The Divine Demonstration of Faith


by Wayne S. Walker

     Early on Sunday morning nearly two thousand years ago, several women went to the tomb of Jesus of Nazareth who had been killed and His body laid there three days earlier. Their purpose was to finish anointing the body in preparation for its final burial. They did not find the body in the tomb. However, they did find a couple of angels who, speaking of Jesus, said to them, "He is not here, but is risen! Remember how He spoke with you when He was still in Galilee" (Luke 24.6). Assuming that this Jesus died and was buried as the accounts say, here are some of the evidences that establish His resurrection as the divine demonstration of faith.

     The first is the tomb. It was not a grave as we think of it, a hole dug in the ground; it was a chamber, like a cave, either above or below the ground, for holding many dead bodies like a mausoleum. It was a new tomb where never man had yet been laid (Luke 23.53, John 19.41). Thus, there was no mistaking bodies. It was a tomb cut in solid rock (Mark 15.46). There was no back door for the disciples to enter or for Jesus to escape. It was sealed with a great stone (Matthew 27.60, Mark 16.14). This removes the possibility of someone stealing it. And a most careful survey was made of the contents of the tomb (Luke 24.11-12, John 20.3-7).

     The second is the problem of the body of Jesus. In Luke 24.3 we read that these women, "…Went in and did not find the body of the Lord Jesus." As we have seen in a previous article, the disciples could not steal it successfully, because every possible preparation was made for the specific purpose of keeping them from doing so (Matthew 27.65-66). The Jews would not steal it; the last thing that they wanted was for the tomb to be empty and thus to cause a stir (Matthew 27.62-64). And the Romans dared not steal it, because anyone caught doing so would be in danger of losing his life (Matthew 28.11-15).

     The third is the testimony of witnesses. The evidence for the resurrection of Christ is not based on what someone heard from his friend who heard it from his second cousin who had learned it from a neighbor to whom it had been told by a passer-by who had heard someone say that Christ was raised. Peter said, "This Jesus God has raised up, of which we are all witnesses" (Acts 2.32). Consider a harmonized list of the post-resurrection appearances, arranged chronologically (so far as is possible) based on the gospel accounts, statements in Acts, and Paul’s list in 1 Corinthians 15. The Bible is clear that the first person to whom Jesus appeared after His resurrection was Mary Magdalene (Mark 16.9, John 20.11-18). This would have been on what was probably her second trip to the tomb with Peter and John, after the other women had left but were still on their way to bring word to the disciples.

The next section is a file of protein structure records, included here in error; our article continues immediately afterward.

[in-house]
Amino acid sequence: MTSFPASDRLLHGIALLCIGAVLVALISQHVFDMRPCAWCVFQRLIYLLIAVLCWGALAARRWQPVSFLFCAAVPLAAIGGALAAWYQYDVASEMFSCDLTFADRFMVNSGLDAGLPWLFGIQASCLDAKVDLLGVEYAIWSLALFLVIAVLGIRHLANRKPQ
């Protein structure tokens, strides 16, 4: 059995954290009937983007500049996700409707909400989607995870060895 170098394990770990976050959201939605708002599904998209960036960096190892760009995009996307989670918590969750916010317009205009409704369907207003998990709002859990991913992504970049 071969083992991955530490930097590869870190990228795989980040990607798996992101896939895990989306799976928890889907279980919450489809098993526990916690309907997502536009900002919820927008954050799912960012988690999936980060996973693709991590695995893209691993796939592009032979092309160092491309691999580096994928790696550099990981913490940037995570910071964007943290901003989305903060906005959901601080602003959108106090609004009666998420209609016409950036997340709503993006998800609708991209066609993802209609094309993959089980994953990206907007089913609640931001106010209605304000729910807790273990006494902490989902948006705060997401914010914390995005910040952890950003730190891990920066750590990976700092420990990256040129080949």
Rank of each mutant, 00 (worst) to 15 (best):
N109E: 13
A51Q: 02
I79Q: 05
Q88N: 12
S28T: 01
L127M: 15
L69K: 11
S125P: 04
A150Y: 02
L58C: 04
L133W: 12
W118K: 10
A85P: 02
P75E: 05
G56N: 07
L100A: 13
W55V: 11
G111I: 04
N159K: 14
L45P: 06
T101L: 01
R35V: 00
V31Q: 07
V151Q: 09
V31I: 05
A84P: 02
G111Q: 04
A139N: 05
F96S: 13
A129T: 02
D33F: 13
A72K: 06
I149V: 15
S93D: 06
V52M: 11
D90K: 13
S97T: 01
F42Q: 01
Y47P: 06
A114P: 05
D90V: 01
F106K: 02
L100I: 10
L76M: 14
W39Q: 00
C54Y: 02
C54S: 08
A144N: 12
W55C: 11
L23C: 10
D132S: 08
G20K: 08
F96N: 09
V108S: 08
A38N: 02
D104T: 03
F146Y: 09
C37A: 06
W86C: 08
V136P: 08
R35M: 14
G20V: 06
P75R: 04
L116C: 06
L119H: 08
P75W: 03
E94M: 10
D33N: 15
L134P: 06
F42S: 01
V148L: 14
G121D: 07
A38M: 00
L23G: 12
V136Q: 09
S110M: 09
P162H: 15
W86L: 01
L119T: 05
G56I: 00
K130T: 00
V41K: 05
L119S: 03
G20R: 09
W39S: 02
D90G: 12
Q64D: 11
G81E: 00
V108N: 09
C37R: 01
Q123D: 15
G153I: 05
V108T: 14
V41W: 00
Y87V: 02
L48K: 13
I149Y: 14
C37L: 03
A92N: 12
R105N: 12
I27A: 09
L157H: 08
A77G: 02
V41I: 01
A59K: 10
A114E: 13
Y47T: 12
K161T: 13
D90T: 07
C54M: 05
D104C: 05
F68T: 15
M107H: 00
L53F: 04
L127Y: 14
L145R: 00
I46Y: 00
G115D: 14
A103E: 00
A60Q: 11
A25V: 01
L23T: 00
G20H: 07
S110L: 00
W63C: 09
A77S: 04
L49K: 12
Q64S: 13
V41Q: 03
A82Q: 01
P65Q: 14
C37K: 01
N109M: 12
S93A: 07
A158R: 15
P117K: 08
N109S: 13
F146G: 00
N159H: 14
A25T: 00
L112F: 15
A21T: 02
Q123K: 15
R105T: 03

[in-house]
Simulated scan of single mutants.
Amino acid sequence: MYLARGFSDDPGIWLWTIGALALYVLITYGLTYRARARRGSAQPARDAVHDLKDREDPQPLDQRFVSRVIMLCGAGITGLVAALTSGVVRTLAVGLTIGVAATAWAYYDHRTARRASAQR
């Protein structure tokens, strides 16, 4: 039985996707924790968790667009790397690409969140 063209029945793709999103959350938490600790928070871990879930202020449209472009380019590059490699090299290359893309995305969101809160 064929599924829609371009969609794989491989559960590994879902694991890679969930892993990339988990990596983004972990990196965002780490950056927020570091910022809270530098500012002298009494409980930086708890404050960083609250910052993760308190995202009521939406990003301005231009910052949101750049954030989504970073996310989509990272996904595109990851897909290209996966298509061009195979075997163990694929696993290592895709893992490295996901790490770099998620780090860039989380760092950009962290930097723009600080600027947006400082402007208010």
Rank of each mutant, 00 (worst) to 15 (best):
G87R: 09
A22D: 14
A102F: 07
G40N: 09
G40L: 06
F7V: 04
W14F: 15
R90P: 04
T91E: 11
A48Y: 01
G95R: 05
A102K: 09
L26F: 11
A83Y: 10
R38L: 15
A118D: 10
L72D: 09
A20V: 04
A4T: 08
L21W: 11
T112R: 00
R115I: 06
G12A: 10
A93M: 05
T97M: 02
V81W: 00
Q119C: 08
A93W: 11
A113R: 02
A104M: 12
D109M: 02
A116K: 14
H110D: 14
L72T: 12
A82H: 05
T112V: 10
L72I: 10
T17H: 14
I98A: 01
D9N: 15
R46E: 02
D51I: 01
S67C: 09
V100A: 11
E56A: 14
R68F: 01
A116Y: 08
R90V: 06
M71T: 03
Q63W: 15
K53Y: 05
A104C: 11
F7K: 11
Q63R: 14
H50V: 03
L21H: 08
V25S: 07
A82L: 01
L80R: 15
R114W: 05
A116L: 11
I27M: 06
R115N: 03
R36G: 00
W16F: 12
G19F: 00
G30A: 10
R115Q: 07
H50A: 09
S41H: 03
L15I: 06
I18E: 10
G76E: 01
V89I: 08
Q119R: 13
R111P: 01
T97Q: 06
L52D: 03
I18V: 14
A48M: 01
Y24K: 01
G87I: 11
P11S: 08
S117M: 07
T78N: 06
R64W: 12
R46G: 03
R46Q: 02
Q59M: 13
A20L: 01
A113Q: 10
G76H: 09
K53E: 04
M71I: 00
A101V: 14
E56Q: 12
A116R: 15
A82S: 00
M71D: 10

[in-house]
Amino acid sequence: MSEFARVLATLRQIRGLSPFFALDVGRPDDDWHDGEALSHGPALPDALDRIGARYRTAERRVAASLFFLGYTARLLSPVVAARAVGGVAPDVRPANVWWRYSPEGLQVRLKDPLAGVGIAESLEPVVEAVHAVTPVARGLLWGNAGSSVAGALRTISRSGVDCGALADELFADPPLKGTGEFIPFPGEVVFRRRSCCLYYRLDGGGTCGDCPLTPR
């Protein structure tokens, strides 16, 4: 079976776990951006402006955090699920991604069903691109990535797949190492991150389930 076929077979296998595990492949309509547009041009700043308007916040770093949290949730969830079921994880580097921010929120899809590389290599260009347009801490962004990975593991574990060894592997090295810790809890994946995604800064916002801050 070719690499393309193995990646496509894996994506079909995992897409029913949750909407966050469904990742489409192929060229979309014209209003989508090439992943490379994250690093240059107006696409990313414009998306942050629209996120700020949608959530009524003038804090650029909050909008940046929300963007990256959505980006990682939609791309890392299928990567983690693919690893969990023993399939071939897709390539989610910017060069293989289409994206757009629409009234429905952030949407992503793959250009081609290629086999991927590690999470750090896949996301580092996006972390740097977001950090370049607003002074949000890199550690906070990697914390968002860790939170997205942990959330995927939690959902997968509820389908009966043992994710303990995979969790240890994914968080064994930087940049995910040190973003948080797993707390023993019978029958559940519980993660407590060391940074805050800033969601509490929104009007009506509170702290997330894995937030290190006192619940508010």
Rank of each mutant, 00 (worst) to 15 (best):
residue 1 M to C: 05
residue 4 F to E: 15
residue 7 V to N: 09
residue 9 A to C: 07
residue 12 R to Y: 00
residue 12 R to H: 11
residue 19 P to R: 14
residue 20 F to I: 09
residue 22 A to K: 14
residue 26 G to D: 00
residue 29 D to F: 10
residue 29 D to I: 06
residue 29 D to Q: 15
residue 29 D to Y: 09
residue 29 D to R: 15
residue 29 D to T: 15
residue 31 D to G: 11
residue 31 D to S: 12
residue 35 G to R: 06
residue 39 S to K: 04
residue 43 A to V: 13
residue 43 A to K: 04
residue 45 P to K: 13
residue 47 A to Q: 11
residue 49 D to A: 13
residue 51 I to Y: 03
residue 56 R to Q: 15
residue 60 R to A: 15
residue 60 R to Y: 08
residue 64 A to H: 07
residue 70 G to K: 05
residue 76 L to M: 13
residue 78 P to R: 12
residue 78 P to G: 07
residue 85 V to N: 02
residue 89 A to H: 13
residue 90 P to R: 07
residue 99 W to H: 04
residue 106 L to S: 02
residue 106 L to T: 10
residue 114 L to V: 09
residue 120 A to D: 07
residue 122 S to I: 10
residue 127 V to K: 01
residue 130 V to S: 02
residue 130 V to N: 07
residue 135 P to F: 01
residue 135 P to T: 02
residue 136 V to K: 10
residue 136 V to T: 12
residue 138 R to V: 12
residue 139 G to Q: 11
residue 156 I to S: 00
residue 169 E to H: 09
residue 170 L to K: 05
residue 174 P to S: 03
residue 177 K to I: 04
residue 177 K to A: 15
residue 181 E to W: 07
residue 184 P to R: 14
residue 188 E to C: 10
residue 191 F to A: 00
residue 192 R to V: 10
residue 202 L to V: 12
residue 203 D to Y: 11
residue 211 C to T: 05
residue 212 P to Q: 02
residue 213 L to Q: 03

The second appearance was to the other women while they were on their way to bring word to the disciples (Matthew 28.9). That same day, Christ appeared to Simon Peter, at least before Cleopas and the other disciple had returned from Emmaus (Luke 23.34, 1 Corinthians 15.5). Also that same day, He appeared to Cleopas and another disciple on the road to Emmaus (Mark 16.12, Luke 24.13-32). That evening He appeared to the apostles, with Thomas absent (Mark 16.14-18, Luke 23.33-48, John 20.19-23, 1 Corinthians 15.5). Then He appeared to above five hundred people at time (1 Corinthians 15.6). And He appeared to James, probably a reference to His own half-brother (1 Corinthians 15.7, Galatians 1.19). We do not know exactly when these last two appearances occurred.

     A week after the resurrection, Christ appeared to "all the apostles," including Thomas (John 20.26-29, 1 Corinthians 15.7). Later, He appeared, as He promised, to seven of the apostles by the Sea of Tiberius (John 2 1.1-14). This is said to have been "the third time Jesus showed Himself to His disciples [i.e., a group of the apostles] after He was raised from the dead" in addition to the appearances on the evening of the resurrection and a week later. Probably after this, He appeared to the disciples on a mountain in Galilee (Matthew 28.16-20; cf. Matthew 28.7, 10; Mark 16:7). It is likely that Jesus appeared again to them somewhere in Jerusalem just before the ascension (Luke 24.49-50). Then He certainly appeared to them on the Mount of Olives near Bethany at His ascension (Mark 16.19-20, Luke 24.51-53, Acts 1.3-11). Stephen saw Him standing at the right hand of God (Acts 6.55-56). And last of all, He appeared to Paul (Acts 9.1-6, 22.5-10, 26.12-18; 1 Corinthians 9.1, 15.8; Galatians 1.16).

     "…By the mouth of two or three witnesses every word may be established (Matthew 18.16). The testimony of these witnesses must be taken seriously. Of course, it is always possible for witnesses to be mistaken or even to lie, and we shall study the character of these witnesses in a future article. But the sheer number of these witnesses, all of whom testified to the same thing, is evidence that something amazing must have happened to bring about such testimony. We do not have just two or three but over five hundred such witnesses! And based on their testimony, we conclude that the resurrection of Christ is the keystone of Christianity. (—taken from With All Boldness; March, 2002; Vol. 12, No. 3; p. 8)


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